And strike he did, and boy, was it a memorable one!
Thirteen short seconds later and an entire legacy was toppled. A swift left-hand flattened the Brazilian and though the bout was a short one, this knockout will be seen in decades to come as one of the most iconic and ultimately impressive wins in the history of the sport. There was no bu*****t to it, it was quick, it was brutal and it was merciless. McGregor left the octagon that night with the type of legendary win needed to ensure his inclusion on highlight reels for eternity and a UFC title to boot.
Nate Diaz vs Conor McGregor at UFC 202, August 20th, 2016
You’d be hard pressed to name a more compelling rivalry in this sport than the one found between Nate Diaz and Conor McGregor. Ever since their riveting first encounter at UFC 196, fans had been salivating at the prospect of seeing these two in close proximity of each other, no matter what the circumstances.
Nate, of course, came out on top in their first meeting but when the pair rematched at UFC 202, the tension in the air was palpable, hell, it was completely intoxicating. For Conor, a loss like that, on a stage so massive, gave his naysayers several months worth of ammunition (ammo they are still firing from to this day) but the manner in which he overcame that pressure and forced his way to a unanimous decision victory earned him more fans than perhaps even his already-impressive string of knockouts did in the leadup to this fight.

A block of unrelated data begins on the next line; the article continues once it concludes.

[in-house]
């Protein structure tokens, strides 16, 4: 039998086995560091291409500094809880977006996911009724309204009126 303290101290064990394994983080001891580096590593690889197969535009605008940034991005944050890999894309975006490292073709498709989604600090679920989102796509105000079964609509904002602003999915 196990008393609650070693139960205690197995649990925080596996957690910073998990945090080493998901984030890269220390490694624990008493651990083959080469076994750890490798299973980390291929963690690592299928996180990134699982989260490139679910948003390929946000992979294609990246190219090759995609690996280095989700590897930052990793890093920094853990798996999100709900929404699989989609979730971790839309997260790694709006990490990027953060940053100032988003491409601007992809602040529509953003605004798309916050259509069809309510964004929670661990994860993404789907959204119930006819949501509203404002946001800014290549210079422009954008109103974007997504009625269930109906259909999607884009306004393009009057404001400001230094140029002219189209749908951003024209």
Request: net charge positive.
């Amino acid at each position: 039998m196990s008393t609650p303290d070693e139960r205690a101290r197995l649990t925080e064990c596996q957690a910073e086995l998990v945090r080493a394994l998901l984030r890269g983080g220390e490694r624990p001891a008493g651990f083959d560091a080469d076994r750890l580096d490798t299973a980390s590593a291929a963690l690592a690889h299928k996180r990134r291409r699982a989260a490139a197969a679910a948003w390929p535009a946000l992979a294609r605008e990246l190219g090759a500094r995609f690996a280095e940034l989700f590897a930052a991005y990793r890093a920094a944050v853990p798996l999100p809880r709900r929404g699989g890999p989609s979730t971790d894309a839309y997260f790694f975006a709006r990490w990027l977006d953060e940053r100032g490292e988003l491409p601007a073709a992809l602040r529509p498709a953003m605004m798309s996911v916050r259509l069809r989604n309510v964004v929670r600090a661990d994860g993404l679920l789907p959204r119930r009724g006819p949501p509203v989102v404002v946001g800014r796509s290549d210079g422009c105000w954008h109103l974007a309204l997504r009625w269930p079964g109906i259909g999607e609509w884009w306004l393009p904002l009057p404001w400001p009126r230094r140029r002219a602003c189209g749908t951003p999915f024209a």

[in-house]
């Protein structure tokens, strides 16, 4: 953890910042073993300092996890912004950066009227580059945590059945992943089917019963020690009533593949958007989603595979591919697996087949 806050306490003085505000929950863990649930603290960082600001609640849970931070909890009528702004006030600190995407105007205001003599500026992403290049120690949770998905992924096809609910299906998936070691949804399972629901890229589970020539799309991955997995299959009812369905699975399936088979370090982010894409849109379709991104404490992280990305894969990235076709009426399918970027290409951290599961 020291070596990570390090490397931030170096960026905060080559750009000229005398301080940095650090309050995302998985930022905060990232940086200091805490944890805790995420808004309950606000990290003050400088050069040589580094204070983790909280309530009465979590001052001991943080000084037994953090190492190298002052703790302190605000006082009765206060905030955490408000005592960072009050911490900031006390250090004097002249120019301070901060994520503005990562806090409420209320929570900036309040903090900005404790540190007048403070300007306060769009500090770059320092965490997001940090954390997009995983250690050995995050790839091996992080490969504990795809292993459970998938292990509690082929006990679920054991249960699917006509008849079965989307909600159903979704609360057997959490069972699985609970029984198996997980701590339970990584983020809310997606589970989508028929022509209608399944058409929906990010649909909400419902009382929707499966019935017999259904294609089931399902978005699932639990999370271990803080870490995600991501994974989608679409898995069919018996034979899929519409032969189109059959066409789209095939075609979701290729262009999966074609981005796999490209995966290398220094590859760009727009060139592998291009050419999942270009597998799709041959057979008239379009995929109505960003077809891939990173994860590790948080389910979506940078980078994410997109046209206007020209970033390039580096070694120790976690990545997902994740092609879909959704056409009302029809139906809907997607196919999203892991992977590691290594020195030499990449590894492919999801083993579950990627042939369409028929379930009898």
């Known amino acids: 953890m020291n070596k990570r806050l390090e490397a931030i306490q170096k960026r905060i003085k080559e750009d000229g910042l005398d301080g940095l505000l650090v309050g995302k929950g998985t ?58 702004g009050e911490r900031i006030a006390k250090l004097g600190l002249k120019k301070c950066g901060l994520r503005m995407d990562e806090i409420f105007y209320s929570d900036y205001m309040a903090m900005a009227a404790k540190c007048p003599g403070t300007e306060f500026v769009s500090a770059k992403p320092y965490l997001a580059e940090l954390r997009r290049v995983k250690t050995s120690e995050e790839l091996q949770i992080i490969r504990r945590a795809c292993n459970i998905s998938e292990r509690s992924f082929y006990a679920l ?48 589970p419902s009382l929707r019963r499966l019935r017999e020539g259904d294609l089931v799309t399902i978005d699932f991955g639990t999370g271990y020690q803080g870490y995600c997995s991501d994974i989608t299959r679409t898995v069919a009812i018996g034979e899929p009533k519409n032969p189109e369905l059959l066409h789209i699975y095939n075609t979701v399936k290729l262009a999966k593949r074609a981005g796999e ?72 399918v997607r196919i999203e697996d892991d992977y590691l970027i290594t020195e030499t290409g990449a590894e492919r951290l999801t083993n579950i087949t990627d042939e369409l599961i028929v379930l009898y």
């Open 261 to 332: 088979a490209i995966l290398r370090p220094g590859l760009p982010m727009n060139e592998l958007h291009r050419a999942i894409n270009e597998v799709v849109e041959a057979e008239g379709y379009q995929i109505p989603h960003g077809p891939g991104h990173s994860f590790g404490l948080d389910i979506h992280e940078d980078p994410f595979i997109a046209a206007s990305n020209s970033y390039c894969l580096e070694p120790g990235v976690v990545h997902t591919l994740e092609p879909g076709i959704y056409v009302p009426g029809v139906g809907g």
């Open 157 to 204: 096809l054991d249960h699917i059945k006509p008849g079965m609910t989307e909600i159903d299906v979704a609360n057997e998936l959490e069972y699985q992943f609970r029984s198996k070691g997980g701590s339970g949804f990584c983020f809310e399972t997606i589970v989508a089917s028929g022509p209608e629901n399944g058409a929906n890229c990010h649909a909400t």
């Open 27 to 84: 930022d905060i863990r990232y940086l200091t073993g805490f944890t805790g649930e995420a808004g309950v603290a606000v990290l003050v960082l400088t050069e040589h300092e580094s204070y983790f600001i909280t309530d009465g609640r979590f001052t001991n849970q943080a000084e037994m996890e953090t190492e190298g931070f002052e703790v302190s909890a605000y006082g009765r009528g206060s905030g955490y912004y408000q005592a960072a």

The adjustments made between UFC 196 and UFC 202 were noticeable from the get-go as a more patient McGregor chopped down the lead-leg of boxing-heavy Diaz before knocking him down three times over the course of the opening pair of rounds.
This time, however, stamina management and an overly eager mindset didn’t cause the Irishman to punch himself out and after a rough patch in round three, Conor regained his composure, winning the fourth and coming out three round to two when the judges made their final call.
His ability to sway and counter Diaz whenever he lunged in with his freakishly long arms was the decisive factor on the feet this time around and though it was indeed he who did the pressuring during his best moments, that counter-left looked sharper than ever and he ended up battering the Cesar Gracie fighter as badly as we’ve ever seen done before.